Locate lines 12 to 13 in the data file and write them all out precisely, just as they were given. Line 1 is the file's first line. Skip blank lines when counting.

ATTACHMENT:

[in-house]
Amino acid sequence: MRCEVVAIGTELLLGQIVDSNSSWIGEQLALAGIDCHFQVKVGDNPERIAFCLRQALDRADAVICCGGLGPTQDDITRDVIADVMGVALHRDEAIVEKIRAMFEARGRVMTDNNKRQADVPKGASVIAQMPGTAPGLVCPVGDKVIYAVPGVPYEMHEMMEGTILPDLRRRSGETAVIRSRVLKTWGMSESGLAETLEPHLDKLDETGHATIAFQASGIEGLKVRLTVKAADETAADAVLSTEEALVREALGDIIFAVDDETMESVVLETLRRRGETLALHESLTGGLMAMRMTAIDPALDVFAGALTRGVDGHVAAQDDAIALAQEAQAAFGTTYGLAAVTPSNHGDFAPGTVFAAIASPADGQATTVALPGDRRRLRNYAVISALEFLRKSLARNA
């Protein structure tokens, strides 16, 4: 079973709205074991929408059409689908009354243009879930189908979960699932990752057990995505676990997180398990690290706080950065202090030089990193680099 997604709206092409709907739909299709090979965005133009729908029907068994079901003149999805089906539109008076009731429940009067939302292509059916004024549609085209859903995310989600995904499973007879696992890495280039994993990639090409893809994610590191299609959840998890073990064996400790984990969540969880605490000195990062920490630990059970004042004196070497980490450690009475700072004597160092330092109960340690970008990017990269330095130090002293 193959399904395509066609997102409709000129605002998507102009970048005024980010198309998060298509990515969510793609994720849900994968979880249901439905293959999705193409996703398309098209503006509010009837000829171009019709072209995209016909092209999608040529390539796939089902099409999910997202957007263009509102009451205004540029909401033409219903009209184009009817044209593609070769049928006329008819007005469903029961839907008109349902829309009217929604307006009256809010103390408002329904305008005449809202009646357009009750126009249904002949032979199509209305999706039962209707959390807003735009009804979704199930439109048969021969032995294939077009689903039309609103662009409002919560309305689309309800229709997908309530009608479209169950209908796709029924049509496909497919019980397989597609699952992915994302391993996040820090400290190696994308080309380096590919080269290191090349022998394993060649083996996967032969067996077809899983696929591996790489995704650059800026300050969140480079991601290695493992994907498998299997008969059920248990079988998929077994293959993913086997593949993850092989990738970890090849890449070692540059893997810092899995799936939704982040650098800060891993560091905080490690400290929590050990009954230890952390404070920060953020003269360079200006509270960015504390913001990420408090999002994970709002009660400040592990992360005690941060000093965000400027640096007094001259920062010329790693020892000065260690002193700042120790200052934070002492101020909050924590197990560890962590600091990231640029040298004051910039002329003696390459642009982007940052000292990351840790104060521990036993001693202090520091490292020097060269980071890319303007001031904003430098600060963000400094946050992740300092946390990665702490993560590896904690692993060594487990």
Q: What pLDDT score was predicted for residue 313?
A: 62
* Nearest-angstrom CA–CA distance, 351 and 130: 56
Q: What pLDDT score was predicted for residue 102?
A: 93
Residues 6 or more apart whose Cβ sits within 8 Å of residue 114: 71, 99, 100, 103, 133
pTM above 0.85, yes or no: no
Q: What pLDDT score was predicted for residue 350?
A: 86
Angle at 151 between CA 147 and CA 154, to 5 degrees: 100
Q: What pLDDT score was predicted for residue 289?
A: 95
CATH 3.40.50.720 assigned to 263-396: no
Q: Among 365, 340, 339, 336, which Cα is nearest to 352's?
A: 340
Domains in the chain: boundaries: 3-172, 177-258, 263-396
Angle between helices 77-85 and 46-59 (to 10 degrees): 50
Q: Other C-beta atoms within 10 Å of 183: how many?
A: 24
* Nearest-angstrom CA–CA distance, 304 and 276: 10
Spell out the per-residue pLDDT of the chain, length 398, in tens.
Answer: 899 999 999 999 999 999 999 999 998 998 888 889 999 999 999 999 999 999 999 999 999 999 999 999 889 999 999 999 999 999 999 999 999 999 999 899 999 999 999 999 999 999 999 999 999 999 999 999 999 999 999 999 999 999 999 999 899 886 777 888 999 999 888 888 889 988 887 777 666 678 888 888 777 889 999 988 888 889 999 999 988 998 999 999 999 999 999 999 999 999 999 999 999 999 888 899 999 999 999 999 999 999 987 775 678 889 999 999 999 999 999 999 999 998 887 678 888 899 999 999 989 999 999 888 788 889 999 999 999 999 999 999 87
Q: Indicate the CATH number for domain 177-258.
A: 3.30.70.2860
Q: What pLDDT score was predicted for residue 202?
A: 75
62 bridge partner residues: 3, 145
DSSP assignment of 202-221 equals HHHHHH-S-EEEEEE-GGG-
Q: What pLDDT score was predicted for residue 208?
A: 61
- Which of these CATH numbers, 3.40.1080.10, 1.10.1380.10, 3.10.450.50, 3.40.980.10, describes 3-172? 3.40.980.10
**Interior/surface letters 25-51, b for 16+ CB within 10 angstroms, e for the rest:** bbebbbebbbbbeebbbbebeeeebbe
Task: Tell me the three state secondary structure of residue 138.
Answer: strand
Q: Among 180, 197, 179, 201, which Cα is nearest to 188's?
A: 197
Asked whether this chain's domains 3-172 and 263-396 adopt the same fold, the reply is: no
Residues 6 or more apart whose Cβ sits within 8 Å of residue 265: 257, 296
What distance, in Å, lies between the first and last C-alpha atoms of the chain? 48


A: 86
Angle at 151 between CA 147 and CA 154, to 5 degrees: 100